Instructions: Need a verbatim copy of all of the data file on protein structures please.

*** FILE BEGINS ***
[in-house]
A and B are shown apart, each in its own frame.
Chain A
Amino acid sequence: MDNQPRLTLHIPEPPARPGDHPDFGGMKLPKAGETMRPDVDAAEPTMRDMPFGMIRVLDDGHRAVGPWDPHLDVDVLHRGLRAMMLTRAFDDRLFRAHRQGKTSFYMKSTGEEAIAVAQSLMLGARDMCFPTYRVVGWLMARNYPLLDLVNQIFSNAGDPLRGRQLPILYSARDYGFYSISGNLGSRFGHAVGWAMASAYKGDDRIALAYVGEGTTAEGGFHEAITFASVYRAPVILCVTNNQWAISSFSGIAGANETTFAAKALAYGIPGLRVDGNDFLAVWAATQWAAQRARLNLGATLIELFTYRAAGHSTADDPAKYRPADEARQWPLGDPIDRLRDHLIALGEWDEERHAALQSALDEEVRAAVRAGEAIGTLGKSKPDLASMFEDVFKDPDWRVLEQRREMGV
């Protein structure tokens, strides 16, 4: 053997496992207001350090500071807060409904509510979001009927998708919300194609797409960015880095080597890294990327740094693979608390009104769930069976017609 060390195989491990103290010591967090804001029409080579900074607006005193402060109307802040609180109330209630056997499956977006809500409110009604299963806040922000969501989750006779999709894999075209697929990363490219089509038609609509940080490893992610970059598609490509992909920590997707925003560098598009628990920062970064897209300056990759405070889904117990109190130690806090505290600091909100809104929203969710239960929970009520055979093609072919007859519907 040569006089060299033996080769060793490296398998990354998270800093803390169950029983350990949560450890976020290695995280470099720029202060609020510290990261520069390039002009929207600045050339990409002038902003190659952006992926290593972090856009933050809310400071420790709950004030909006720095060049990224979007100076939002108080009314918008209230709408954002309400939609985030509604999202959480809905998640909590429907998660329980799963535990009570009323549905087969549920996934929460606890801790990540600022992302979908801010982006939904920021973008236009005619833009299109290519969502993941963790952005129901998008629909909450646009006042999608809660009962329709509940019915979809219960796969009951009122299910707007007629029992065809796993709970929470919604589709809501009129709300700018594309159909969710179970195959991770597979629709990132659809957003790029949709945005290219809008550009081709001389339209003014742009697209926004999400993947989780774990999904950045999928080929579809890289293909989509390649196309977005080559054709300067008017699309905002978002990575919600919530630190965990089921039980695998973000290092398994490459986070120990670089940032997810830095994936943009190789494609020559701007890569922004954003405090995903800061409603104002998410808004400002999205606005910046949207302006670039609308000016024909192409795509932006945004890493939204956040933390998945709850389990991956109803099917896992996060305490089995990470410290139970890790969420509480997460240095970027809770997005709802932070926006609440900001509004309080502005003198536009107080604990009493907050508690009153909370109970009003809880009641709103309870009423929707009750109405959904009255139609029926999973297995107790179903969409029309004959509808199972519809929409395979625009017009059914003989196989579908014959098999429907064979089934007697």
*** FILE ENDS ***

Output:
[in-house]
A and B are shown apart, each in its own frame.
Chain A
Amino acid sequence: MDNQPRLTLHIPEPPARPGDHPDFGGMKLPKAGETMRPDVDAAEPTMRDMPFGMIRVLDDGHRAVGPWDPHLDVDVLHRGLRAMMLTRAFDDRLFRAHRQGKTSFYMKSTGEEAIAVAQSLMLGARDMCFPTYRVVGWLMARNYPLLDLVNQIFSNAGDPLRGRQLPILYSARDYGFYSISGNLGSRFGHAVGWAMASAYKGDDRIALAYVGEGTTAEGGFHEAITFASVYRAPVILCVTNNQWAISSFSGIAGANETTFAAKALAYGIPGLRVDGNDFLAVWAATQWAAQRARLNLGATLIELFTYRAAGHSTADDPAKYRPADEARQWPLGDPIDRLRDHLIALGEWDEERHAALQSALDEEVRAAVRAGEAIGTLGKSKPDLASMFEDVFKDPDWRVLEQRREMGV
């Protein structure tokens, strides 16, 4: 053997496992207001350090500071807060409904509510979001009927998708919300194609797409960015880095080597890294990327740094693979608390009104769930069976017609 060390195989491990103290010591967090804001029409080579900074607006005193402060109307802040609180109330209630056997499956977006809500409110009604299963806040922000969501989750006779999709894999075209697929990363490219089509038609609509940080490893992610970059598609490509992909920590997707925003560098598009628990920062970064897209300056990759405070889904117990109190130690806090505290600091909100809104929203969710239960929970009520055979093609072919007859519907 040569006089060299033996080769060793490296398998990354998270800093803390169950029983350990949560450890976020290695995280470099720029202060609020510290990261520069390039002009929207600045050339990409002038902003190659952006992926290593972090856009933050809310400071420790709950004030909006720095060049990224979007100076939002108080009314918008209230709408954002309400939609985030509604999202959480809905998640909590429907998660329980799963535990009570009323549905087969549920996934929460606890801790990540600022992302979908801010982006939904920021973008236009005619833009299109290519969502993941963790952005129901998008629909909450646009006042999608809660009962329709509940019915979809219960796969009951009122299910707007007629029992065809796993709970929470919604589709809501009129709300700018594309159909969710179970195959991770597979629709990132659809957003790029949709945005290219809008550009081709001389339209003014742009697209926004999400993947989780774990999904950045999928080929579809890289293909989509390649196309977005080559054709300067008017699309905002978002990575919600919530630190965990089921039980695998973000290092398994490459986070120990670089940032997810830095994936943009190789494609020559701007890569922004954003405090995903800061409603104002998410808004400002999205606005910046949207302006670039609308000016024909192409795509932006945004890493939204956040933390998945709850389990991956109803099917896992996060305490089995990470410290139970890790969420509480997460240095970027809770997005709802932070926006609440900001509004309080502005003198536009107080604990009493907050508690009153909370109970009003809880009641709103309870009423929707009750109405959904009255139609029926999973297995107790179903969409029309004959509808199972519809929409395979625009017009059914003989196989579908014959098999429907064979089934007697």